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Nvidia has refreshed its mobile GPU lineup with new Pascal chips. Today, they announced the release of mobile variants of the GTX 1080, 1070, and 1060.

Unlike previous generations of mobile GPU’s, these are not cut down versions of desktop chips, or smaller chips to begin with. Because of this, Nvidia chose to drop the M suffix that was normally found at the end of mobile models. Instead, they are lower clocked versions of the desktop cards that carry the same names. While the base speed is lower, the memory bus, speed, and size all remain the same. Nvidia claims that these new chips perform up to 75 percent better than the previous generation Maxwell GPU’s.

The mobile variant of the GTX1080 retains its 2560 CUDA cores, but drops the base clock from 1607MHz to 1556Mhz. Likewise, the 1070 sees a drop from 1506MHz to 1442MHz, and the 1060 a drop from 1506MHz to 1404MHz. The Boost Clock remains the same on the 1080, but takes a small hit on the 1070, going from 1683Mhz down to 1645MHz, and the 1060 drops from 1708MHz to 1670MHz.

In addition to architectural improvements, these new GPU’s support an improved version of Nvidia’s BatteryBost technology. BatteryBoost will automatically adjust the performance of the GPU in order to prolong the battery life if only battery power is detected.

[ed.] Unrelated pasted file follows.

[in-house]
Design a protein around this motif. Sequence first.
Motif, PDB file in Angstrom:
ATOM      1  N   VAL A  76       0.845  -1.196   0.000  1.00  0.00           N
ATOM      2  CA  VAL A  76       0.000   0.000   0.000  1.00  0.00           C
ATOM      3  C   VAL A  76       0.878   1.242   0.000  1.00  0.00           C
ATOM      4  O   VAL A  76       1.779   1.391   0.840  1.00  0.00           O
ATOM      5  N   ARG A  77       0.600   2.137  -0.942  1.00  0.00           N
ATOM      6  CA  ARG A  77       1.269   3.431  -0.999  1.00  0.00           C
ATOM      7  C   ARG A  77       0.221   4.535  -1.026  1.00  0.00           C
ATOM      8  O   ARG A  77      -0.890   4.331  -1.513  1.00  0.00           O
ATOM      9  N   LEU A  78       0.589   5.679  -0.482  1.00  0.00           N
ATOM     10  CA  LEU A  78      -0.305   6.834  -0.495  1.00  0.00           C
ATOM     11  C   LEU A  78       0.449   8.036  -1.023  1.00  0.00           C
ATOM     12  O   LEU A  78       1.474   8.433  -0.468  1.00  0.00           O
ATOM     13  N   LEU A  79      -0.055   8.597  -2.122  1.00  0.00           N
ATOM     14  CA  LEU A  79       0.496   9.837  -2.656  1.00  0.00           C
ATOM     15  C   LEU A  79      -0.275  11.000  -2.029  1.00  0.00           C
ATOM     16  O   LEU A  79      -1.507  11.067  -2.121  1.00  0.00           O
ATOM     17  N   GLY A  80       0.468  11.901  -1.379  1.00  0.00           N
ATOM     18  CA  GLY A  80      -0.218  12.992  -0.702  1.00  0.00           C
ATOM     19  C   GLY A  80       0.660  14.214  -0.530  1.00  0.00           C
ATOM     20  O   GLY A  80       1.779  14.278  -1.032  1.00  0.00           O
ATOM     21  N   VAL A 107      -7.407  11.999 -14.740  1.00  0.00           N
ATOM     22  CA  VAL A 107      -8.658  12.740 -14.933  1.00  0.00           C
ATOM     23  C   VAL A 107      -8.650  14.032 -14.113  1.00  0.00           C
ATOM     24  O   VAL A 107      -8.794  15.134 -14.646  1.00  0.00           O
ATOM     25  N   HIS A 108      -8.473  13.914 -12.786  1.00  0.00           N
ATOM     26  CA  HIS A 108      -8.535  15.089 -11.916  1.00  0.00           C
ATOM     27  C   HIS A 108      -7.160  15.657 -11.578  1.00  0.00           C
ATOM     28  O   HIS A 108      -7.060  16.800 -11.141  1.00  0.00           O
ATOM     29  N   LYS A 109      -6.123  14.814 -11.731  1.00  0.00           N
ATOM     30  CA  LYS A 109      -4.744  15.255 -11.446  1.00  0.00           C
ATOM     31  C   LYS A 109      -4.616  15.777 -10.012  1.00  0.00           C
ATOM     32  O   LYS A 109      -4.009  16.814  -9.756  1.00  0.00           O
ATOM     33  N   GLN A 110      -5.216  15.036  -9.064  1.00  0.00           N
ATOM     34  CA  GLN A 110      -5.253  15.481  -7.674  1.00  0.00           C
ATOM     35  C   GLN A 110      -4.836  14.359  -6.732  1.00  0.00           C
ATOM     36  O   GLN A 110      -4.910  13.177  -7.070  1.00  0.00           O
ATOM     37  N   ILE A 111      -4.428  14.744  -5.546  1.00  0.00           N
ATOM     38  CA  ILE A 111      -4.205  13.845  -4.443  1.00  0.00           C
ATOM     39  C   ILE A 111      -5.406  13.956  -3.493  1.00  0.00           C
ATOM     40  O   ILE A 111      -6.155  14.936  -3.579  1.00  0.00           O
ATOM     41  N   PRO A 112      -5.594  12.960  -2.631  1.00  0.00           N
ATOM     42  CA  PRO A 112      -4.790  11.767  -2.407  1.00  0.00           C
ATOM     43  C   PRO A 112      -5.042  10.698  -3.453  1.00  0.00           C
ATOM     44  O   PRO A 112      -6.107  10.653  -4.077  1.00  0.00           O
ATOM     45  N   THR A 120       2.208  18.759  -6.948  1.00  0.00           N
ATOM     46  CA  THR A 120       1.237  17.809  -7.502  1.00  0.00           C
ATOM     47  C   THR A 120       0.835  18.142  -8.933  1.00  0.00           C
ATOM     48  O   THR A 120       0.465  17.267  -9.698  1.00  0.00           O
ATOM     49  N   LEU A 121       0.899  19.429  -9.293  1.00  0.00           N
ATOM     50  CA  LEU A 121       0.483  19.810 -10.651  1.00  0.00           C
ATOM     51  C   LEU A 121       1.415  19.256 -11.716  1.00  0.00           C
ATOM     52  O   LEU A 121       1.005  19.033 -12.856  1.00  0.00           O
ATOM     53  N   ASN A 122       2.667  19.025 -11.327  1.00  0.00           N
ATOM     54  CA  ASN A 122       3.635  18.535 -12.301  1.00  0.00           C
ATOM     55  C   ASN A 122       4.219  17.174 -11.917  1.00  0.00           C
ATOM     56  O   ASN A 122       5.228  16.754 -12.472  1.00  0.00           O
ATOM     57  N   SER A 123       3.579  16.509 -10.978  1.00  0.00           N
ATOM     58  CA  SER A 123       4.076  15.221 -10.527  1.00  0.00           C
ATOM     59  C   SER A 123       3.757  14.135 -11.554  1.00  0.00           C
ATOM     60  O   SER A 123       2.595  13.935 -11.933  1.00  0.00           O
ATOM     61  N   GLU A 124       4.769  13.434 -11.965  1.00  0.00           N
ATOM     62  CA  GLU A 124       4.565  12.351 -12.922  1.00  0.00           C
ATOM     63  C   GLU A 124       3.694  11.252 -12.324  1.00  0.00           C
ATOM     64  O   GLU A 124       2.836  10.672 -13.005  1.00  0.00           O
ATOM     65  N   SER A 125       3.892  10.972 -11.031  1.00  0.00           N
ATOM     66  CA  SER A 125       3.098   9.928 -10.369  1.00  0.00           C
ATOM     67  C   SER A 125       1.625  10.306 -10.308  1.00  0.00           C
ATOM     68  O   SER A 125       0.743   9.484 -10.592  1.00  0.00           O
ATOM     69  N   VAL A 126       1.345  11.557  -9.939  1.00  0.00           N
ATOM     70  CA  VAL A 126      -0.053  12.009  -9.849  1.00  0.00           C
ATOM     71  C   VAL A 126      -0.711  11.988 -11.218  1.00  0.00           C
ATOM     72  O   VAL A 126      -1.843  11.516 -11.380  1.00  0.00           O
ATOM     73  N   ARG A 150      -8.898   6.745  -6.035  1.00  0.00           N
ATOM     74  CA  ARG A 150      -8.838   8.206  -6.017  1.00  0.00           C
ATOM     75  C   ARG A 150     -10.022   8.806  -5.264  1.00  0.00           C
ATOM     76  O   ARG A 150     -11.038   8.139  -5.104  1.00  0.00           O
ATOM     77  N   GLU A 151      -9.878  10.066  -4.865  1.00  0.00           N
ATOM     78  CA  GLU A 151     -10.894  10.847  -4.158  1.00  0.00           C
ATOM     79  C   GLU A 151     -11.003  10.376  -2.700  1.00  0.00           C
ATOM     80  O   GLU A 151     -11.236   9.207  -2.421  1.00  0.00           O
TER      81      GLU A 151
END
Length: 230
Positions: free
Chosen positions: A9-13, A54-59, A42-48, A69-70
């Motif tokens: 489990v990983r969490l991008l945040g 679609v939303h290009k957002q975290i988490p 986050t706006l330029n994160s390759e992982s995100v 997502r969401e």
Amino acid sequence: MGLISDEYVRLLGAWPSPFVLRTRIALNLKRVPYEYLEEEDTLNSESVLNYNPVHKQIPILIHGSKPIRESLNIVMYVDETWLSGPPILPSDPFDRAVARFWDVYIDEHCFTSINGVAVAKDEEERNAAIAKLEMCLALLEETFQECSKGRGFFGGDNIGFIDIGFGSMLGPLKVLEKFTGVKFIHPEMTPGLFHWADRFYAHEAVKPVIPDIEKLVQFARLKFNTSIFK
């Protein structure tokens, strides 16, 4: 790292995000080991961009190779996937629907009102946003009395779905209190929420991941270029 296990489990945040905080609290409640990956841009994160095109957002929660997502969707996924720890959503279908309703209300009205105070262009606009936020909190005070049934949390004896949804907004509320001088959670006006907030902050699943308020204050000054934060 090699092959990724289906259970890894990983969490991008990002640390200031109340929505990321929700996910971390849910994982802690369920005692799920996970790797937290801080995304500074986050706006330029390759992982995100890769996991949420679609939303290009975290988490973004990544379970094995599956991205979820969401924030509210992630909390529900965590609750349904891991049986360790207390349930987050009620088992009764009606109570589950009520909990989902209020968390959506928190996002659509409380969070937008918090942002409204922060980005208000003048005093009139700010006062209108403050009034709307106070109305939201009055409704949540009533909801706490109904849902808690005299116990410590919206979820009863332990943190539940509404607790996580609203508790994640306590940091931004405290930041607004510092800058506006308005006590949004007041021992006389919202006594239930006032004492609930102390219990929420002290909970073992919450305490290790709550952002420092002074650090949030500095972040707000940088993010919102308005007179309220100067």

Nvidia has also stated that they are working with laptop manufacturers to pair these GPU’s with G-Sync enabled displays, which allow for the monitor’s refresh rate to match the framerate of a game, leading to a smoother experience.


Quick Take

This is quite a step up from the previous generation Maxwell. A mobile GTX 980 was in reality the equivalent of a desktop GTX 960. Due to the lower die size of GP104, this is not needed for this generation. A large reduction in heat and power consumption will be welcome for those with gaming laptops.


John Quilty

Staff Writer

I've been a lover of video games, writing, and technology for as long as I remember. I have a B.A. in English from the University of Illinois at Urbana-Champaign and I'm happy to write about gaming and technology for TechRaptor.